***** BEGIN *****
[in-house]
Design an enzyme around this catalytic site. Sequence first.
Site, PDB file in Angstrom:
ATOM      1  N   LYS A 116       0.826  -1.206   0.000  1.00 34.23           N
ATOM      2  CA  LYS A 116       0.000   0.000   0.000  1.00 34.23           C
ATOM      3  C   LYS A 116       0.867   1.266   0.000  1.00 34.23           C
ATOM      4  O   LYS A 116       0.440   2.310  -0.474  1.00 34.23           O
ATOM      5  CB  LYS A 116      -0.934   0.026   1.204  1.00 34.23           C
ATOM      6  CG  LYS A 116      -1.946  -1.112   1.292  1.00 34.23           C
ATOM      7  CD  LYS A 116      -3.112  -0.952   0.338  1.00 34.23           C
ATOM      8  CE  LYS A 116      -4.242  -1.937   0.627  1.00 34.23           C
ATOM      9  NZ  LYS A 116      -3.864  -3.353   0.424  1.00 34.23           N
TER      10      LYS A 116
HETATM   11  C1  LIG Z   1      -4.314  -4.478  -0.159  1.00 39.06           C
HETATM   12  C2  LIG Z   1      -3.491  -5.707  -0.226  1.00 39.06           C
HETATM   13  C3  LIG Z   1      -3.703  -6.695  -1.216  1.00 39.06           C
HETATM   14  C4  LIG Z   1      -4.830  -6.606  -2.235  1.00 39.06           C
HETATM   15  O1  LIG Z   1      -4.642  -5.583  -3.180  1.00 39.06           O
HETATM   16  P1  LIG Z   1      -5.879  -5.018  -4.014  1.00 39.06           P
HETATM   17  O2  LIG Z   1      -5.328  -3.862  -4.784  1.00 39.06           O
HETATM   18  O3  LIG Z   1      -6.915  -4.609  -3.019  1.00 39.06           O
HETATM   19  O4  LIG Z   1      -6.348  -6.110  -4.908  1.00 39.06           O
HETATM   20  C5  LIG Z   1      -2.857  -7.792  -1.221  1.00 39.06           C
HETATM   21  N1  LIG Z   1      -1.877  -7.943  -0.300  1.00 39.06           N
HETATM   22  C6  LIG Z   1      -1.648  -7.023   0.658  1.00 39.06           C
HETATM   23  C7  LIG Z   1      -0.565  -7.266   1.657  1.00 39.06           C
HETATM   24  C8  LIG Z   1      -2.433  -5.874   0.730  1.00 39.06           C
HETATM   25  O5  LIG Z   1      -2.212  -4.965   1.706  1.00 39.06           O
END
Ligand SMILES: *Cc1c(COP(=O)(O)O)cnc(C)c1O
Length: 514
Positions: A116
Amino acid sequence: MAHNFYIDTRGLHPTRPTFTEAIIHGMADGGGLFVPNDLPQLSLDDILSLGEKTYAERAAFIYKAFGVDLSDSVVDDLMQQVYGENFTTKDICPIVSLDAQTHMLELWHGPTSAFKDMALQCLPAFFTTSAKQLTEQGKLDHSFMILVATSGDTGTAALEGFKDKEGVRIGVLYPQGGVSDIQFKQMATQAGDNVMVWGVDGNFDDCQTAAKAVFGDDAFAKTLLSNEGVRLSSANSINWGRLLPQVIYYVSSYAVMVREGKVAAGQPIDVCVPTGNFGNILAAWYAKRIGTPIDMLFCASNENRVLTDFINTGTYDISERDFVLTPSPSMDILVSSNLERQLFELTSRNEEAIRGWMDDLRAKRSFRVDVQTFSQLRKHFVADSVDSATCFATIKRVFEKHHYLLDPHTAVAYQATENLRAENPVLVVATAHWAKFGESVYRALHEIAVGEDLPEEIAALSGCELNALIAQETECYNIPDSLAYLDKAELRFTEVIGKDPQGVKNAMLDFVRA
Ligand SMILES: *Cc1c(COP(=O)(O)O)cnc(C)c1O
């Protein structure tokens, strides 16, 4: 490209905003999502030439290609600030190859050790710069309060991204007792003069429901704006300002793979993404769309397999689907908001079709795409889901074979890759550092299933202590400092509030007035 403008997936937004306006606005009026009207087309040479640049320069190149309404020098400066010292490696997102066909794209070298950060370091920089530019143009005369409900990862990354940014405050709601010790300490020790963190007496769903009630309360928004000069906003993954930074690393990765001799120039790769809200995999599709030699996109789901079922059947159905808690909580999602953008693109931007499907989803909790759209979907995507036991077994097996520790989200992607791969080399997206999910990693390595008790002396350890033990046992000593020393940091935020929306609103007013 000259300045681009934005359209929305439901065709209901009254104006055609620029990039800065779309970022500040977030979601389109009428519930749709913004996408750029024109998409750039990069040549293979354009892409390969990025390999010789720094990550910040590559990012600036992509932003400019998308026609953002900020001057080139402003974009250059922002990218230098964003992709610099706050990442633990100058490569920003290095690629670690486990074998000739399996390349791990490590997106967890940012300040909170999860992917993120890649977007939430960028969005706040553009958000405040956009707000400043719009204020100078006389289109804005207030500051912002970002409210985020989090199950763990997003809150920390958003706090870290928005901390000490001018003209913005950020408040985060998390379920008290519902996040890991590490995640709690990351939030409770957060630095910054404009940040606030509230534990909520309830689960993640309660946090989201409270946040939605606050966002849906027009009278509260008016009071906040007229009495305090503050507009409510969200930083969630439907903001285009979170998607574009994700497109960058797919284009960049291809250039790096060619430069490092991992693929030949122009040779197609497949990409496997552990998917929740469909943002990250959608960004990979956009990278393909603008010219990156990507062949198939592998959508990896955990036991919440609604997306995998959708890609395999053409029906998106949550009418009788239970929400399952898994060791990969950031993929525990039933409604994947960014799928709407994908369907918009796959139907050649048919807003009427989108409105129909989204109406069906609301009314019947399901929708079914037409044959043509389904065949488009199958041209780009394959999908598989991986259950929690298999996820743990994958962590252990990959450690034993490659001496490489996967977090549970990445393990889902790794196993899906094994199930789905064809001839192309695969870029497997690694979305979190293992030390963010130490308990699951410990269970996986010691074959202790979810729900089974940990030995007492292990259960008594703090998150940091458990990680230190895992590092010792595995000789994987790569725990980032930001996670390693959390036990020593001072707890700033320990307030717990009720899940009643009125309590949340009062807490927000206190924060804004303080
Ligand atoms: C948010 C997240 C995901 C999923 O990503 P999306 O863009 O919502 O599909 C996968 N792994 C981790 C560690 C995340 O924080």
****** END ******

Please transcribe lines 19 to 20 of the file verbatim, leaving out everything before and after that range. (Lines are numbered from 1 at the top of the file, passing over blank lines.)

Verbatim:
HETATM   16  P1  LIG Z   1      -5.879  -5.018  -4.014  1.00 39.06           P
HETATM   17  O2  LIG Z   1      -5.328  -3.862  -4.784  1.00 39.06           O